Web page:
I have a lot of analogies for things. It’s really how I think, and then later express my thoughts. This one I’m going to write about is by far my favorite one for two reasons: 1) because it’s such a weird place to draw an analogy from, and 2) because it’s a really darn good analogy.
One of my buttons is the “Christian” war on magic, the occult, and “satanism.” I think it’s really, really misguided. I have so many friends that were not allowed to watch The Smurfs or Scooby-doo when they were kids because those shows had magic or witches in them. I’ve heard people talk about and people write about the “evils” of the Harry Potter series and how it’s teaching children witchcraft. My dad hated my love for the fantasy genre in my teen years because of its associations with and influences from Dungeons & Dragons, which EVERYBODY KNOWS is a game satanists play. I even have some back-woods-minded extended family that have somehow become convinced that to have a goatee is evil because “Satan has one” (that’s really the tip of the iceberg with those guys). And all of this is in addition to people freaking out over rock ‘n roll and the now-dated-but-still-acknowledged fears that subliminal messages are hidden in secular music to turn young teenagers in to orgy-attending Satan worshipers.
A lot of this runs hand-in-hand with the idea that as a Christian, one is not supposed to fight for a niche in culture, but rather represent Christ in the world. When you get that, and I mean really get it, you begin to see how all those people are loved by Jesus and need to be shown that, and the whole “them vs. us” thing becomes irrelevant. Through understanding that, too, it becomes clear how Satan really is trying to lead us astray and corrupt us. It’s in the form of day-to-day temptations, trying to muddle what we hear from God, and trying to subtly set us on the wrong paths. He does this by getting us to make compromises, or to get us focused on the wrong things. He does not do this by entering our minds from the page of a Harry Potter book.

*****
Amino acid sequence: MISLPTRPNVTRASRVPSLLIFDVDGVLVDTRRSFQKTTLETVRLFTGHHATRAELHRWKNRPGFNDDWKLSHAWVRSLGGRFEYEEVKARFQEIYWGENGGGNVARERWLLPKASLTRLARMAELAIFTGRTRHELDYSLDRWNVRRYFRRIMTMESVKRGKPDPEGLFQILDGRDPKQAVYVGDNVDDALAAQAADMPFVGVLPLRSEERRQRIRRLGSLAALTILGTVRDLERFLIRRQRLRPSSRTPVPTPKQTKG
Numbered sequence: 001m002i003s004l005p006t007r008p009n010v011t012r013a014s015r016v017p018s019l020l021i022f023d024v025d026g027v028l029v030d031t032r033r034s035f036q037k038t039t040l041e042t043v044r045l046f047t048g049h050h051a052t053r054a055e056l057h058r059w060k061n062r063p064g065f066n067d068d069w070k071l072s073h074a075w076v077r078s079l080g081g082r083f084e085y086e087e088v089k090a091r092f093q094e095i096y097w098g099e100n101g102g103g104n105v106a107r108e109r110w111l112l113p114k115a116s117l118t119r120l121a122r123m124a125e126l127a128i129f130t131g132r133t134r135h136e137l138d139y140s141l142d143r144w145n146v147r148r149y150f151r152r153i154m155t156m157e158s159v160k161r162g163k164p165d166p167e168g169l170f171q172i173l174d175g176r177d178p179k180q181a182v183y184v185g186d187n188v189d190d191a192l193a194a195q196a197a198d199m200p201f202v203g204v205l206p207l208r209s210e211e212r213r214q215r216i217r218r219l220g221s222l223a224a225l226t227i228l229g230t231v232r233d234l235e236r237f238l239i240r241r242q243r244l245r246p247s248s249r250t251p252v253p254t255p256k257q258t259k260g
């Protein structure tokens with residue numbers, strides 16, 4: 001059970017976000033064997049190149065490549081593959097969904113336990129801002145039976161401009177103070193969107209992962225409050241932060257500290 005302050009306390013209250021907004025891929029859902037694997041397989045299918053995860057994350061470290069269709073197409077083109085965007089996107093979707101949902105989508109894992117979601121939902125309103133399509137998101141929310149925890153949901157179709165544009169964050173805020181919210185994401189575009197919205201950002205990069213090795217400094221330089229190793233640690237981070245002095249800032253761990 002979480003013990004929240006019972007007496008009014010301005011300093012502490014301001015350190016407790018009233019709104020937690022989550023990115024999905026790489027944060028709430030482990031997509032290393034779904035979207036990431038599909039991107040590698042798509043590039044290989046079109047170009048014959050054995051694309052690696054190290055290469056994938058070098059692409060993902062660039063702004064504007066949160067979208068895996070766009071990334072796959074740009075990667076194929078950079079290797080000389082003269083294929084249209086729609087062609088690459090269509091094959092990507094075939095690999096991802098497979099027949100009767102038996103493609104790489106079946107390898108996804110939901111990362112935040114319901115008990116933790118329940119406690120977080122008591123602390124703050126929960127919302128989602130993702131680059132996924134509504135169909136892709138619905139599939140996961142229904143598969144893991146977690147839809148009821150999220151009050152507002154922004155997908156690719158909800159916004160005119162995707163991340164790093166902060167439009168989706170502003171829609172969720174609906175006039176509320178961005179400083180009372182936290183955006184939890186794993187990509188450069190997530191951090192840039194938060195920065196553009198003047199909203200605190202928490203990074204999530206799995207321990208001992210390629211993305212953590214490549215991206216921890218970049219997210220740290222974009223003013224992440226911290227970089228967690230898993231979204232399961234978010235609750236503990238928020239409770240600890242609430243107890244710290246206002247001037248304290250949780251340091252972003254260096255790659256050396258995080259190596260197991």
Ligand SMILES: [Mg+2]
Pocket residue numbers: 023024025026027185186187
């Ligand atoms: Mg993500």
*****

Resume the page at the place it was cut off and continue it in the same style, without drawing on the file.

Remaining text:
I want to add in a little factoid for everyone: The overly-conservative-Christian belief that the Harry Potter books teach and influence our children to practice witchcraft was born out of an article from The Onion parody newspaper, which means the whole story was made up. The article was actually cited as fact in some Christian journals on the subject, because those authors did not understand that The Onion is one huge joke.
Of course I don’t want to imply that I think that anything that can genuinely be categorized as “dark arts” is harmless, but it’s primary harm is to those who practice them and it’s not horribly contagious. If your daughter starts hanging out with a Wiccan boy and brings home some of his reading materials, then I think you have cause for concern and should step in. But I do not think that if your kid finds that the Dragonlance book series is entertaining, that he or she will begin to hear demonic voices and be led like a zombie to a dark basement apartment where there is an in-process black mass, and then strip naked and join the orgy.
Okay. On to the analogy. You’ve waited so patiently.
The Care Bears Movie II was more of a reboot rather than a sequel to the first film. Of course I didn’t understand this at age 6 and 7. For a brief synopsis of the plot of the movie so you understand the analogy better: a summer camp in a northwestern state is taken over by the evil Dark Heart, who has disguised himself as a kid, and he has made all the kids at the camp stop caring. Stop caring about what you ask? Everything! They knock over trash cans and gave developed dark circles under their eyes. Gasp! Two children have escaped this, who conveniently felt rejected and unloved at the beginning of the story but found friends in the Care Bears.
So, it’s clear that Dark Heart needs to be stopped. True Heart Bear (the yellow one in the picture above on the left) and Noble Heart Horse (the purple one . . . yes, apparently it’s a horse) (for the record, I had to look up their names on IMDB) set out to take Dark Heart down. They travel through caves and oceans, staying hot on what they think is his tail – but this is where the surprise comes in: they’re actually chasing his shadow. By the time they catch up and figure out they’ve not actually been chasing the real Dark Heart, their home (Care-a-Lot) is destroyed and Dark Heart has taken all the other Care Bears prisoner. (Don’t worry, the good guys win, but that’s not part of the analogy).
The final point is that people that get up in arms over magic in cartoons and Harry Potter books and kids wearing black nail polish, but they’re being fooled by the evil one to think that all of those things are what they need to point their shields at, while the real enemy wrecks their homes and their lives, and by the time they figure it out it’s too late.
I don’t have any big conclusion. That’s pretty much it.